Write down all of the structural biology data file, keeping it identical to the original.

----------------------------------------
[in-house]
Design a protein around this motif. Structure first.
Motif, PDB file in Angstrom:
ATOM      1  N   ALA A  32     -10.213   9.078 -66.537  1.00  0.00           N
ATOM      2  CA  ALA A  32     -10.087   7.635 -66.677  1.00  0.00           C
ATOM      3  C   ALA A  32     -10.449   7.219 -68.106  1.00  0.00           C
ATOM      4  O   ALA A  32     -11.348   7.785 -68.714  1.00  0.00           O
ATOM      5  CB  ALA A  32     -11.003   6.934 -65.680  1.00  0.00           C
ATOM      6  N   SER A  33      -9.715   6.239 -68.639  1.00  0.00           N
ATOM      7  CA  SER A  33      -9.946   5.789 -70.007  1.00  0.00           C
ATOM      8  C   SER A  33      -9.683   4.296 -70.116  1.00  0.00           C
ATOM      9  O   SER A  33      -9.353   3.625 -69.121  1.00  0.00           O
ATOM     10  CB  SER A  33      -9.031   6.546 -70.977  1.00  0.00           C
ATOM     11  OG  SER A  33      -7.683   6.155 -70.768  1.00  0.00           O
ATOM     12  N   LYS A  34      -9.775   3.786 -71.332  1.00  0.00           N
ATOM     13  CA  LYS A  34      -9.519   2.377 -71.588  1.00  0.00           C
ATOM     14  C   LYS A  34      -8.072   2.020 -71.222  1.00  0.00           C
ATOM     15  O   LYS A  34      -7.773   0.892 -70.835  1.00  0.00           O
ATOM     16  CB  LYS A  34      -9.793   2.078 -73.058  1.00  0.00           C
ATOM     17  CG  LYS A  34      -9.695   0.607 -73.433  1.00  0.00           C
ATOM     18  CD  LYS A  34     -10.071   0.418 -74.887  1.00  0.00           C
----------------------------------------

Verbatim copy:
[in-house]
Design a protein around this motif. Structure first.
Motif, PDB file in Angstrom:
ATOM      1  N   ALA A  32     -10.213   9.078 -66.537  1.00  0.00           N
ATOM      2  CA  ALA A  32     -10.087   7.635 -66.677  1.00  0.00           C
ATOM      3  C   ALA A  32     -10.449   7.219 -68.106  1.00  0.00           C
ATOM      4  O   ALA A  32     -11.348   7.785 -68.714  1.00  0.00           O
ATOM      5  CB  ALA A  32     -11.003   6.934 -65.680  1.00  0.00           C
ATOM      6  N   SER A  33      -9.715   6.239 -68.639  1.00  0.00           N
ATOM      7  CA  SER A  33      -9.946   5.789 -70.007  1.00  0.00           C
ATOM      8  C   SER A  33      -9.683   4.296 -70.116  1.00  0.00           C
ATOM      9  O   SER A  33      -9.353   3.625 -69.121  1.00  0.00           O
ATOM     10  CB  SER A  33      -9.031   6.546 -70.977  1.00  0.00           C
ATOM     11  OG  SER A  33      -7.683   6.155 -70.768  1.00  0.00           O
ATOM     12  N   LYS A  34      -9.775   3.786 -71.332  1.00  0.00           N
ATOM     13  CA  LYS A  34      -9.519   2.377 -71.588  1.00  0.00           C
ATOM     14  C   LYS A  34      -8.072   2.020 -71.222  1.00  0.00           C
ATOM     15  O   LYS A  34      -7.773   0.892 -70.835  1.00  0.00           O
ATOM     16  CB  LYS A  34      -9.793   2.078 -73.058  1.00  0.00           C
ATOM     17  CG  LYS A  34      -9.695   0.607 -73.433  1.00  0.00           C
ATOM     18  CD  LYS A  34     -10.071   0.418 -74.887  1.00  0.00           C